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U.S. Troops in Iraq Got Steroids, Italian Says

From Associated Press

Italian police seized 215,000 doses of prohibited substances as they broke up a ring that supplied steroids and other performance-enhancing drugs to customers around the world, including American soldiers in Iraq, a police official said Monday.

The U.S. military there had no immediate comment, but steroid abuse has long been discussed as an issue in Iraq, where American troops and contractors work out in gyms on military bases and even in the mirrored halls of one of Saddam Hussein’s former palaces.

Joseph Donahue, program director for the Vietnam Veterans of America Foundation, who spent 16 months in Iraq -- often lifting weights in the gyms of Baghdad’s Green Zone -- said steroids were available to those who wanted them.

“I had them offered to me by an Iraqi guy who sure ... looked like he was using them,” Donahue said. “There were guys I’m pretty sure were juicing, but not a lot of them.”

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Private security contractors said steroid use was a problem among their employees in Iraq because the drugs were so readily available there -- as easy to buy as a soda, according to one contractor.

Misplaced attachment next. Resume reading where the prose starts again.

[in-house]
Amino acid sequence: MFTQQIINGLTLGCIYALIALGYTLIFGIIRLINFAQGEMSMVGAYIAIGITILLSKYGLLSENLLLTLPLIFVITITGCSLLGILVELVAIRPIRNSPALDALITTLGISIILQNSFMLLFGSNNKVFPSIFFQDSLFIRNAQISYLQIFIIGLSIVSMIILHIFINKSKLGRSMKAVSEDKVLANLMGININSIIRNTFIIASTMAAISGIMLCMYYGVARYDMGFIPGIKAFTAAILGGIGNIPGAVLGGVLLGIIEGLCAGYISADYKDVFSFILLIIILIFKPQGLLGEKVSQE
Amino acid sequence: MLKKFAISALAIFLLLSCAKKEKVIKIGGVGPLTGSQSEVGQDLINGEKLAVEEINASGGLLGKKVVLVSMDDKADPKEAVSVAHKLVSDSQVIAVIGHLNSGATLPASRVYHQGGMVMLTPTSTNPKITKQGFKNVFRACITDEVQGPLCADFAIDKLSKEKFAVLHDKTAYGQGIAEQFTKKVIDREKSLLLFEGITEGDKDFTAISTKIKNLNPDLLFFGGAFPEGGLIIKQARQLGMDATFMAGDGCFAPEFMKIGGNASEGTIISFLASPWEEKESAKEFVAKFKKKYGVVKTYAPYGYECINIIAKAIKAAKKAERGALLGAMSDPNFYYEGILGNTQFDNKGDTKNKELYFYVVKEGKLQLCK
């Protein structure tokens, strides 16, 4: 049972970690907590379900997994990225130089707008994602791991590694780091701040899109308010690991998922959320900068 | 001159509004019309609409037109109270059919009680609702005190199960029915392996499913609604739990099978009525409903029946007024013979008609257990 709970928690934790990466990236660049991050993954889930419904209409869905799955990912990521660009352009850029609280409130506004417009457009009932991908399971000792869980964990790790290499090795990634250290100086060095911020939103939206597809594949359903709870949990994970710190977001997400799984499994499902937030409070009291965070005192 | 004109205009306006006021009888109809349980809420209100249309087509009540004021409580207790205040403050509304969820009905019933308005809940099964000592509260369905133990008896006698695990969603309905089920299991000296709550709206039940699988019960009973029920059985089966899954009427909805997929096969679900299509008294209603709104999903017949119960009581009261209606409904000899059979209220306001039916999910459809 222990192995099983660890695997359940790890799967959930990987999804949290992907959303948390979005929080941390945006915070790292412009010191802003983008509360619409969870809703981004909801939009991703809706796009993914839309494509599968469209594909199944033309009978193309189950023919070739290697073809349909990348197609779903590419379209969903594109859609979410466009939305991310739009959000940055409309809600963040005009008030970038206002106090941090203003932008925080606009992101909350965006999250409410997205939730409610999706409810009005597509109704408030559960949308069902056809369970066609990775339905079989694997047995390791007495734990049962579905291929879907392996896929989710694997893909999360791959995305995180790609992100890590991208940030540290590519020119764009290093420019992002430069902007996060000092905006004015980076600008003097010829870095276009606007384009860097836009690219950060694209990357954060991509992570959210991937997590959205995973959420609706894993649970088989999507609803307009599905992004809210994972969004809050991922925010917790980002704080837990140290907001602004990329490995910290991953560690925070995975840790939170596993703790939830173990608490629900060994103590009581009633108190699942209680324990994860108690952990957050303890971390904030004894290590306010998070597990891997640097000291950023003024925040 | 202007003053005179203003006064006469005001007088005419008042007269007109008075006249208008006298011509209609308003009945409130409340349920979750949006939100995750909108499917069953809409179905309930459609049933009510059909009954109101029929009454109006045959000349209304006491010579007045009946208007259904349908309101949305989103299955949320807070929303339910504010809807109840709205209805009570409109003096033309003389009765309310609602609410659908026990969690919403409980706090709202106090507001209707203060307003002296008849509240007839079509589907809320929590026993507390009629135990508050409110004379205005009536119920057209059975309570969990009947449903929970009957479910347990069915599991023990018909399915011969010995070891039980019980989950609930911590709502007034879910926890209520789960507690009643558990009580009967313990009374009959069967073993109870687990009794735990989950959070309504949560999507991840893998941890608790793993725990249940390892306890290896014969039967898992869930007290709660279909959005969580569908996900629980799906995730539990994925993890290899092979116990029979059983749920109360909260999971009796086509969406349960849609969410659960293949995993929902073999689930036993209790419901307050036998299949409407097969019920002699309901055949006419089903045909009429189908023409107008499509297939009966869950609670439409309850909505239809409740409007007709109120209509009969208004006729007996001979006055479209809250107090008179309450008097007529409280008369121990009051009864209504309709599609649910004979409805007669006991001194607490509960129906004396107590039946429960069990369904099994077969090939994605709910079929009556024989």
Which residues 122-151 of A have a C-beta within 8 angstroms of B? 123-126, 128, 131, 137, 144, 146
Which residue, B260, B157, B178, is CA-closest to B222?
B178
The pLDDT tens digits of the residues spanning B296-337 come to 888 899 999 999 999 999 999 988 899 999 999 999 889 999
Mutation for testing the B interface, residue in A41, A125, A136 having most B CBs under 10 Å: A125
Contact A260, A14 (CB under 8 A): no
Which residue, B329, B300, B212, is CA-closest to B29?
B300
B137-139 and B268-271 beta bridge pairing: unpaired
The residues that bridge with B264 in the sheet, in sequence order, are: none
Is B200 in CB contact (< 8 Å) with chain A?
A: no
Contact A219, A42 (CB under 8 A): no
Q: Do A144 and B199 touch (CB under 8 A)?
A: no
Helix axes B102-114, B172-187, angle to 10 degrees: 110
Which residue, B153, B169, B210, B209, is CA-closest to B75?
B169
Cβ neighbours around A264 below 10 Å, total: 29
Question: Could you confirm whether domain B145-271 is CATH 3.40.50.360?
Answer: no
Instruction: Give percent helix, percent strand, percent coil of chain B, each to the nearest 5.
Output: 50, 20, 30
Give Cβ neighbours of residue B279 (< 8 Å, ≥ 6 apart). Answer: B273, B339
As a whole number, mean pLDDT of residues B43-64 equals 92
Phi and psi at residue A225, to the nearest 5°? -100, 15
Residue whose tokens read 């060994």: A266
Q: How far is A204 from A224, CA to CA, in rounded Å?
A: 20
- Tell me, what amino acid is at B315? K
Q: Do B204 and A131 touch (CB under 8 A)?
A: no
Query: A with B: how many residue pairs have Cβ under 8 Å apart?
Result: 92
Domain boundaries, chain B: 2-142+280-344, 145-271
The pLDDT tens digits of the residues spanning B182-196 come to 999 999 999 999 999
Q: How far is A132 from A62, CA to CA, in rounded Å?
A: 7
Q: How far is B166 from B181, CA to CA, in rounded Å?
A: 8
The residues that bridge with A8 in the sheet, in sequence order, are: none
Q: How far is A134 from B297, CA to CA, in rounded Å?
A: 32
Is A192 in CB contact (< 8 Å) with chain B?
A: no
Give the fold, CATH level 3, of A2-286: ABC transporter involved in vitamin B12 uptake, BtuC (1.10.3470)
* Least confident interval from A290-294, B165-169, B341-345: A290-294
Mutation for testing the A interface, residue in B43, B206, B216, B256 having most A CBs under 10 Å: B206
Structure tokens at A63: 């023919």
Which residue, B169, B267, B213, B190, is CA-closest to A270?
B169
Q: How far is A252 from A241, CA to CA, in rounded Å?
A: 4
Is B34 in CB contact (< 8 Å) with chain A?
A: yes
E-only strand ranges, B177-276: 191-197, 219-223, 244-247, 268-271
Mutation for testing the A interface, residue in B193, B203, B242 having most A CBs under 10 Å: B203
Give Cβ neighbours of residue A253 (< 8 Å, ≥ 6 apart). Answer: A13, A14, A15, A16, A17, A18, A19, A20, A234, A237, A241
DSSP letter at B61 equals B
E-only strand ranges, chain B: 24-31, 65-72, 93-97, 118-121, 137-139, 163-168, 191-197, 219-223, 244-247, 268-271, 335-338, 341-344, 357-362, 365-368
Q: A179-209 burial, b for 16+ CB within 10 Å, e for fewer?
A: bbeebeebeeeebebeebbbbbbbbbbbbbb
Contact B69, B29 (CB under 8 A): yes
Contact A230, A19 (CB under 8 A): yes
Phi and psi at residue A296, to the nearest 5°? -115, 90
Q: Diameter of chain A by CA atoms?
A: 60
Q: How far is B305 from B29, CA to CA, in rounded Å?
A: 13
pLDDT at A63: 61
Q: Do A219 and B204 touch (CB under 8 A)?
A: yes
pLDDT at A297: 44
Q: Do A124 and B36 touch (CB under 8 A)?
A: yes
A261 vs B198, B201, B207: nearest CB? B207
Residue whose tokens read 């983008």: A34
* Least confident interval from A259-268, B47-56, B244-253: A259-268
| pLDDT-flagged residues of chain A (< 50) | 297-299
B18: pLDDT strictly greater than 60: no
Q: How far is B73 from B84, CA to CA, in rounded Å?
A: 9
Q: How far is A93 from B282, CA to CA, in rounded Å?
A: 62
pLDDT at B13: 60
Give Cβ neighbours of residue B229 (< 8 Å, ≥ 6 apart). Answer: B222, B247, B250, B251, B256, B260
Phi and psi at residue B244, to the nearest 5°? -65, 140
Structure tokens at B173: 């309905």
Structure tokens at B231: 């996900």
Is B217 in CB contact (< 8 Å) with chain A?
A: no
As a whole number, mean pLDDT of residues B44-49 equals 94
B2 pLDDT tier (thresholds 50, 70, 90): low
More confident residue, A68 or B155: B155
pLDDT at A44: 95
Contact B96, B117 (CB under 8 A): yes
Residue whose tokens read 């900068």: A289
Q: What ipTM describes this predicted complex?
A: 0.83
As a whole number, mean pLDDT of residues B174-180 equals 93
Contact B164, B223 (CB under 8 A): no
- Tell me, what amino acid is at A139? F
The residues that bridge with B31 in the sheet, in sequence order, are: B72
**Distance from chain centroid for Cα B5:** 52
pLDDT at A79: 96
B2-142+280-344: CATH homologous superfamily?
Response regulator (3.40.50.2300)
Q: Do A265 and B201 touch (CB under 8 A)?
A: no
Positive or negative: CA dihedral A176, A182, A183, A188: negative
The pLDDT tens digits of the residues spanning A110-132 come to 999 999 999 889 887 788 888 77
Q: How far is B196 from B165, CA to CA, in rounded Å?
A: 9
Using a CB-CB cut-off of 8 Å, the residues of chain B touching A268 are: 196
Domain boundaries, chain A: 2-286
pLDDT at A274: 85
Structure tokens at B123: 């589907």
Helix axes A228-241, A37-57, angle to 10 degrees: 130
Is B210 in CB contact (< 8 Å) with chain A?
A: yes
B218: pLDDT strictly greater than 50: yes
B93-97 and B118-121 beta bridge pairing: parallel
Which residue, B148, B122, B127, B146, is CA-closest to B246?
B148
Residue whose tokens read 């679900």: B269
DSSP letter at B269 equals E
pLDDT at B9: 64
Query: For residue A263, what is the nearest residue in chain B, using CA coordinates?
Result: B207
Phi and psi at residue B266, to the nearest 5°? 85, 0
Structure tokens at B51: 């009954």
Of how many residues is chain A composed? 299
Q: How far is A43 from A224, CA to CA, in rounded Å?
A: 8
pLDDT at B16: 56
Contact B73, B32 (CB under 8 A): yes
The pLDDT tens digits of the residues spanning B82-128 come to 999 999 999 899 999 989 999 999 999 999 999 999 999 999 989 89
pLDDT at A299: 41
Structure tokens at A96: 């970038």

The police investigation in Italy began after a post office in the northeastern city of Trieste reported that U.S. postal authorities in Iraq had returned hundreds of packets of steroids and other performance-enhancing drugs because they were improperly addressed, said Mario Bo, head of the Trieste Police Department’s criminal division.

He said authorities arrested two Slovenians last month during a raid of an apartment in Trieste.

Sasco Tacs, 30, and Vesna Milosevic, 20, were charged with trafficking in prohibited substances.

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The drugs had been ordered over the Internet, police said, adding that steroids were also sent to customers in Europe, North America and Australia.


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